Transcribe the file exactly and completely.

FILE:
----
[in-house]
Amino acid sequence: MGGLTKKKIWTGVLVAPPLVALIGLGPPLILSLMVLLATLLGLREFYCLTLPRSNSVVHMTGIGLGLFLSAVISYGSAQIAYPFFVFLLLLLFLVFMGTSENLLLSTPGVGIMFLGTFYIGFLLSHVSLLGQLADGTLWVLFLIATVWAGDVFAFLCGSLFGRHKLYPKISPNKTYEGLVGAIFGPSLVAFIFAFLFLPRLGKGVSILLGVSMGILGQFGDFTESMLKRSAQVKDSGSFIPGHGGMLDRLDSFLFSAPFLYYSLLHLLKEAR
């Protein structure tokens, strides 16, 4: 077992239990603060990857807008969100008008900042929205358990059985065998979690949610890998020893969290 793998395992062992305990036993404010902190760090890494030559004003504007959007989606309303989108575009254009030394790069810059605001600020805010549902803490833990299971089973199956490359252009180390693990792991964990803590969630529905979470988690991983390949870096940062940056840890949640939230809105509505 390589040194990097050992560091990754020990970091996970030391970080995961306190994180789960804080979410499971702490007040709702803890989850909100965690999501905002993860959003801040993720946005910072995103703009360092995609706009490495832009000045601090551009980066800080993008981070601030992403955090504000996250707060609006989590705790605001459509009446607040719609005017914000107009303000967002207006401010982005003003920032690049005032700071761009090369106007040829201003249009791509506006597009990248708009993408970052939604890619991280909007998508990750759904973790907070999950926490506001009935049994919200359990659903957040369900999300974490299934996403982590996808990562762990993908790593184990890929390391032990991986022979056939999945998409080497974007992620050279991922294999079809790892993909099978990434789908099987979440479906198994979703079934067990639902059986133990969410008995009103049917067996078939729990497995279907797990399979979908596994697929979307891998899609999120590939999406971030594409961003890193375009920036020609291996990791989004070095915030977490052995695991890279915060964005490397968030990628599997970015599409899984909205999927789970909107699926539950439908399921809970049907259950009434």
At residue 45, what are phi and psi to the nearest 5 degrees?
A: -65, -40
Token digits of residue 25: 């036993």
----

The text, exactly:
[in-house]
Amino acid sequence: MGGLTKKKIWTGVLVAPPLVALIGLGPPLILSLMVLLATLLGLREFYCLTLPRSNSVVHMTGIGLGLFLSAVISYGSAQIAYPFFVFLLLLLFLVFMGTSENLLLSTPGVGIMFLGTFYIGFLLSHVSLLGQLADGTLWVLFLIATVWAGDVFAFLCGSLFGRHKLYPKISPNKTYEGLVGAIFGPSLVAFIFAFLFLPRLGKGVSILLGVSMGILGQFGDFTESMLKRSAQVKDSGSFIPGHGGMLDRLDSFLFSAPFLYYSLLHLLKEAR
């Protein structure tokens, strides 16, 4: 077992239990603060990857807008969100008008900042929205358990059985065998979690949610890998020893969290 793998395992062992305990036993404010902190760090890494030559004003504007959007989606309303989108575009254009030394790069810059605001600020805010549902803490833990299971089973199956490359252009180390693990792991964990803590969630529905979470988690991983390949870096940062940056840890949640939230809105509505 390589040194990097050992560091990754020990970091996970030391970080995961306190994180789960804080979410499971702490007040709702803890989850909100965690999501905002993860959003801040993720946005910072995103703009360092995609706009490495832009000045601090551009980066800080993008981070601030992403955090504000996250707060609006989590705790605001459509009446607040719609005017914000107009303000967002207006401010982005003003920032690049005032700071761009090369106007040829201003249009791509506006597009990248708009993408970052939604890619991280909007998508990750759904973790907070999950926490506001009935049994919200359990659903957040369900999300974490299934996403982590996808990562762990993908790593184990890929390391032990991986022979056939999945998409080497974007992620050279991922294999079809790892993909099978990434789908099987979440479906198994979703079934067990639902059986133990969410008995009103049917067996078939729990497995279907797990399979979908596994697929979307891998899609999120590939999406971030594409961003890193375009920036020609291996990791989004070095915030977490052995695991890279915060964005490397968030990628599997970015599409899984909205999927789970909107699926539950439908399921809970049907259950009434």
At residue 45, what are phi and psi to the nearest 5 degrees?
A: -65, -40
Token digits of residue 25: 């036993």